Hillcrest is really the only place in San Diego one should purchase sushi. Hillcrest Sushi (6th and Richmond) is one of the best sushi places in San Diego, but one of the most expensive. Sadly, it may not be around too much longer due to poor management. At a very close second is Kazumi (3975 5th Ave Hillcrest), but be prepared to deal with some poor service. Nobu in Solana beach is also excellent, but a bit pricey.

For cheaper sushi head to Ni Ban on Clairemont mesa just off of 805.

Also go to Convoy between Clairemont Mesa and Balboa Aves. There are 3 decent Japanese noodle houses within a couple blocks of each other. Chopstix has the lowest prices; the restaurant across the street from it, The Noodle House has the largest portions, and a restaurant just north of Chopstix, Tajima (at the back of the strip mall with the Perrier French Bakery) supposedly has the best food.

Sushi places to avoid: Samurai in UTC, and Yakimono in the Vons Shopping Center. Ichiban's in Pacific Beach.


``Did you know that there are neighborhoods in La Jolla where only Domino's delivers? A fate worse than death.'' Luckily, if you're on campus, there's others that deliver. BJ's sells Chicago style deep dish pizza. Their deep dish pizzas get a bit dry, so you may want to ask for extra sauce. They will deliver to AP&M, supposedly take credit cards, and always seem to have $2 off coupons in the Guardian. The pizza is okay; some people like it, some not. Papachino's in the Von's Shopping Center on Regents makes a better traditional pizza and is a good place for groups to sit and talk. Their beer selection is seriously lacking, and the dining room is pink and green with lots of mirrors. The Straw Hat Pizza (551-0125) in a hole in the wall just off Avenida de la Playa in La Jolla Shores make strange pizzas - Thai Chicken Pizza with peanut sauce, chicken pesto pizza, fresh tomato and basil pizza, and so on. They're also close to the beach. Joe Pasquale recommends a New York-style pizza place in Del Mar, Del Mar Pizza on 15th avenue just below Camino Del Mar. Supposedly, it's quite authentic.

If you're in Hillcrest, check out Bronx Pizza (Washington and 1st) and grab a slice of ``white stone and pepperoni.''

Other people have mentioned Carino's on La Jolla Blvd. south of Pearl Street. Pizzeria Uno on Mission in PB has some exotic pizzas: seafood, broccoli and spinach, and a very good sausage, worth trying. There's also a deep-dish pizza place on Prospect near Hunter's books. Sammy's Wood-fired Pizza in La Jolla and Del Mar Heights has good yuppie-pizza. Goat cheese, mmmm! Pizza Nova in Costa Verde, and now in Hillcrest, has this same style of pizza, and also very good pasta and salads. So does the newly opened California Pizza Kitchen in La Jolla Square or in Solana Beach.


If there's one thing you'll always be able to find in San Diego, it's a cheap taco stand. Roberto's is the largest chain, though there's similar shops called Alberto's, Umberto's, Rodrigo's and the like around the area. Everyone seems to have their own favorite. Once you've tried the different Roberto's, try Alberto's, Cojita's, Don Pedro's, Juan Carlos', and Taco Salsa in Pacific Beach. Unfortunately, these places tend to have a hard time keeping the quality consistent.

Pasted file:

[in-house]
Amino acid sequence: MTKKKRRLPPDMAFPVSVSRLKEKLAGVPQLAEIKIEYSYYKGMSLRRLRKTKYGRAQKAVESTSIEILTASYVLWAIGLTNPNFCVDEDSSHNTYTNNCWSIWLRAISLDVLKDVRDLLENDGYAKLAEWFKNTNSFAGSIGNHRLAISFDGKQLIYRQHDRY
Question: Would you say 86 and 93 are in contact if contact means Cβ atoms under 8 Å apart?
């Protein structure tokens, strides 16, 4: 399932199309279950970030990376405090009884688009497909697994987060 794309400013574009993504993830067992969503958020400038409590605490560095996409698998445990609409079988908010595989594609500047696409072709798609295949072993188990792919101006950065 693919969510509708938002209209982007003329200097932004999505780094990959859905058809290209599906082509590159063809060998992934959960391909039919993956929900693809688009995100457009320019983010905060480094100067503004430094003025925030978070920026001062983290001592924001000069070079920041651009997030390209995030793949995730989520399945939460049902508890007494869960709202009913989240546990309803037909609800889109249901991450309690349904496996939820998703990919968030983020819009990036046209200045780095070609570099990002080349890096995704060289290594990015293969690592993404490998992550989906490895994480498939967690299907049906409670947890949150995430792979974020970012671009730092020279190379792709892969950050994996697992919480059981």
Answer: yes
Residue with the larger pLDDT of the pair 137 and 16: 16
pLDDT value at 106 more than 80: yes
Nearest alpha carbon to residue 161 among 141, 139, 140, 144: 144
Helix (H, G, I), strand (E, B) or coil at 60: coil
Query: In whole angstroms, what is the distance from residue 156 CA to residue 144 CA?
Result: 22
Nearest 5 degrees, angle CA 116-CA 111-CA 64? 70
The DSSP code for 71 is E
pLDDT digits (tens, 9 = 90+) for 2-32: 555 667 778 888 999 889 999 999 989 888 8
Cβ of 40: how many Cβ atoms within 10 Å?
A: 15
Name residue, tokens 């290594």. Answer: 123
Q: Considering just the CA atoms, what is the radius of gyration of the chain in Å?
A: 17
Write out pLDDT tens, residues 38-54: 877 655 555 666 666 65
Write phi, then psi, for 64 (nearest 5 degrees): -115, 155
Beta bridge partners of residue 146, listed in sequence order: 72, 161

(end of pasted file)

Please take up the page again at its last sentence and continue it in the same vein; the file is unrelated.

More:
I like Chevy's in Del Mar, just off 5, they make the chips and tortilla's no more than 5 minutes before they serve them. Several people in the department prefer La Salsa, located in Costa Verde, which usually has pretty good, fresh food, although the chips always seem stale. El Indio's on India Street (take I5 south to the Sassafras exit, turn left on Sassafras and left again on India Street) is much less of a hole in the wall than those in the first paragraph and has a bigger menu. Alfonso's in La Jolla's a bit pricey, but it's gotten some good comments. The Aztec Cafe in Old Town also has been mentioned as a good place; they don't take plastic, possibly to discourage the tourists. Rubio's (in Pacific Beach and elsewhere, like in the Renaissance Town Center just east of UTC.) is the best place for fish tacos, but if you don't want your fish deep-fried, try Senior Pesca's inside/next to Anthony's Fish Grotto at La Jolla Village Dr. and Regents Rd. They grill their fish, making it a bit healthier.


Lorna's Italian Kitchen (noveau italian) near Vons at Governor at Genesee is a grad student favorite. Lots of food, interesting menu (that doesn't change much) and moderate prices. I've personally gotten tired of the stuffed feeling I have when leaving Lorna's, but it's still fun. Very crowded, expect to wait on weekends. More traditional italian food can be found on India Street in Little Italy. Filippi's Pizza Grotto seems to be really good, and has a full-on deli in the front. You have to walk through the deli to get to the restaurant There are other Italian suppliers in those two or three blocks of India street as well.